MAN (next morning):       My God! You ever see anyting so!? My ass
                                         loss already, and now my damn ox fall down
                                         wid bad feelins. Who the hell will do my
                                         work for me now!
PARROT:                          Sen for Ass. Behind-the-bush-behind-the-
                                         bush,
                                                                      behind-the-bush       dey!
MAN:                                 ASS!!! Come outta dey, you wutlass …
PARROT:                           Lassassassass ass ASS ASS AASSS
 

(Based on one of the many “stories” I’ve heard over the years from an old friend, Elias Roache)

March 3rd, 1976         Arsch Wednesday

 

 

WEEK ELEVEN   68-298

O GIVE ME A HOME

                              THE SANE MAN SAID

WHERE YOU CAN CARRY THE PHONE

                               NUMBERS IN YOUR HEAD
 


AND THE GODS ARE HAPPY AND GROOVING

AND THE BAKERS DON’T OWN

                              ALL THE BREAD

                              INSTEAD

YOU’RE FREE TO ROAM

                              WHEREVER YOU’RE LED

BY YOUR OWN
                                                             HEAD

AND THE CHILDREN ARE HAPPY AND MOVING
AND YOUR LIFE IS YOUR OWN
                               EVEN WHEN YOU’RE DEAD

 
                               AND EVEN WHEN YOU’RE DEAD

                               LOVE SMILES ON YOUR BED

WITH TEETH AS WHITE AS FOAM

Quite a few shopping days after last Christmas
 

(March: 57th issue of BIM—Caribbean Literary Magazine published
(1974: in Barbados

 

 

WEEK TWELVE   75-291

O

   AMEN

           MY MOTHER

    HELP ME

       TO AROUSE

          NOT necessarily

            OFFEND

               THEIR

                  SENSIBILITIES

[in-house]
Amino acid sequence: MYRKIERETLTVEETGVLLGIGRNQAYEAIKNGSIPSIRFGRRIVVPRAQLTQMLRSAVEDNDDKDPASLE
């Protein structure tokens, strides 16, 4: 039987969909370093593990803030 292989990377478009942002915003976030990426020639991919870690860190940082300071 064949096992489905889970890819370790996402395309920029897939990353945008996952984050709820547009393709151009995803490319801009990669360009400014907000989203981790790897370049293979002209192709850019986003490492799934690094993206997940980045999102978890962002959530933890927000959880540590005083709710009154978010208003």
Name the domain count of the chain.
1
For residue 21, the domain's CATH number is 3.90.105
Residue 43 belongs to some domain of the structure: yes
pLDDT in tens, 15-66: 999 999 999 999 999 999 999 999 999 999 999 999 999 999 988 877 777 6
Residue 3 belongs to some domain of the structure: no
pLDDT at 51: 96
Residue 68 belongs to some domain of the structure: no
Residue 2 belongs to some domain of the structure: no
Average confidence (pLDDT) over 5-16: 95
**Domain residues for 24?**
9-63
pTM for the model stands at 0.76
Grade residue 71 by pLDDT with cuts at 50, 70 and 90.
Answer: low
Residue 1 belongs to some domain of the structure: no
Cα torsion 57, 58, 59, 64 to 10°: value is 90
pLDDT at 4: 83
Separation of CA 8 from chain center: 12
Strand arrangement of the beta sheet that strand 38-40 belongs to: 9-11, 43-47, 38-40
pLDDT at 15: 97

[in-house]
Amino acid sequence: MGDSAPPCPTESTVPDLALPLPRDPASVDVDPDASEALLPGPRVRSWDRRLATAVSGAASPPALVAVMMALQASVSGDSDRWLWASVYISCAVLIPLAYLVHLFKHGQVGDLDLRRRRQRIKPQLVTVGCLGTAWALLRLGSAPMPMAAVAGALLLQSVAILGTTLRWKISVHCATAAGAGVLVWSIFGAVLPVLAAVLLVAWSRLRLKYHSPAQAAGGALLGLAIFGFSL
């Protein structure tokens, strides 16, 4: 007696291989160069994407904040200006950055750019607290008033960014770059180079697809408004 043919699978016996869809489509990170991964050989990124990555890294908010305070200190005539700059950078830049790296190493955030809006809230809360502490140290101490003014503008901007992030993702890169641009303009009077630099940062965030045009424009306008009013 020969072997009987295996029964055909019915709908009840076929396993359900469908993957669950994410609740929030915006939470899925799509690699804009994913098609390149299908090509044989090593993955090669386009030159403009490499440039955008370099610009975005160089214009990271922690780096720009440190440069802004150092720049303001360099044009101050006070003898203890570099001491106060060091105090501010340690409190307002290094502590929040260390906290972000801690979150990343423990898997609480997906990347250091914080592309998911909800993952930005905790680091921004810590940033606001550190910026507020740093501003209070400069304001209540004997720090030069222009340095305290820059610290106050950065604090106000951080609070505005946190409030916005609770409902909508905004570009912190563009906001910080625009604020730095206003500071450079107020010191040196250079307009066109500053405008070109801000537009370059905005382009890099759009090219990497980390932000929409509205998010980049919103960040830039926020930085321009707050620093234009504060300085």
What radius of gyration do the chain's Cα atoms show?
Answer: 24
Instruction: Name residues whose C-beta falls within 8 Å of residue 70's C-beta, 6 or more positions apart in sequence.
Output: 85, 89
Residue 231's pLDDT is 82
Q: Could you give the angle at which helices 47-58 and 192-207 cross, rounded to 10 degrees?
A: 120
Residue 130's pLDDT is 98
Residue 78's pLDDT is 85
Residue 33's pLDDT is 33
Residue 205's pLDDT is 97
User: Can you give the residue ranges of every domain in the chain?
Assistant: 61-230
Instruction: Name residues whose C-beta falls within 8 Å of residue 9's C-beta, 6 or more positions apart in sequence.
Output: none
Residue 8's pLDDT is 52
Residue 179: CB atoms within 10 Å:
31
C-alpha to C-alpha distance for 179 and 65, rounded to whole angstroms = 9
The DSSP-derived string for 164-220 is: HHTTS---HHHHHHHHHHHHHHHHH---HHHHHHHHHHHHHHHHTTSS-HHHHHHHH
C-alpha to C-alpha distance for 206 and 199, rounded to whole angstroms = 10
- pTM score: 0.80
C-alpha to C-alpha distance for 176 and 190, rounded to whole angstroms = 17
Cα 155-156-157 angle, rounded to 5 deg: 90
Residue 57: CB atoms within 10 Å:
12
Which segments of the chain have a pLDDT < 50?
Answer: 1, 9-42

thus and thus dreamed the sane man
Whose mother is Amen

   Much-up     Much-up     own-way
gutsify      nyant-and-go-away    

—Shake Keane was born in St. Vincent in 1927, he started playing the trumpet at age six and was a bandleader at 14. Keane acheived international acclaim as a jazz trumpeter, but his poetry remains less well known. He completed some five monographs of poetry before his death in 1997, and in 1979, won the Cuban Casa de las Americas Poetry Prize for One a Week with Water. It was in this collection that lie achieved his most imaginative commentary on Caribbean society and specifically St. Vincent. Keane uses his native community as a base for an incisive and witty commentary about Caribbean society as a whole. The reader is presented with a simple calendar offering observations for each week, described by Keane in the introduction as “notes and rhymes.” They take the forms of collaged verse, riddles, stories, letters, aphorisms, reportage and rhyme, interspersed with personal references and dialect. By converting a Caribbean, and specifically St. Vicentian, oral tradition to text, Keane has managed to both pay homage to a rural culture and obliquely comment on the characteristics of order and chaos in that society.

Five Poems by Raúl Gómez Jattin
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Originally published in

BOMB 86, Winter 2004

Featuring interviews with Brooke Alfarmo, Stanley Greaves, Santiago Sierra, Erna Brober, Jorge Volpi and Martin Solares, and Jesus Tenreiro-Degwitz and Carlos Brillembourg.

Read the issue
086 Winter 2004 1024X1024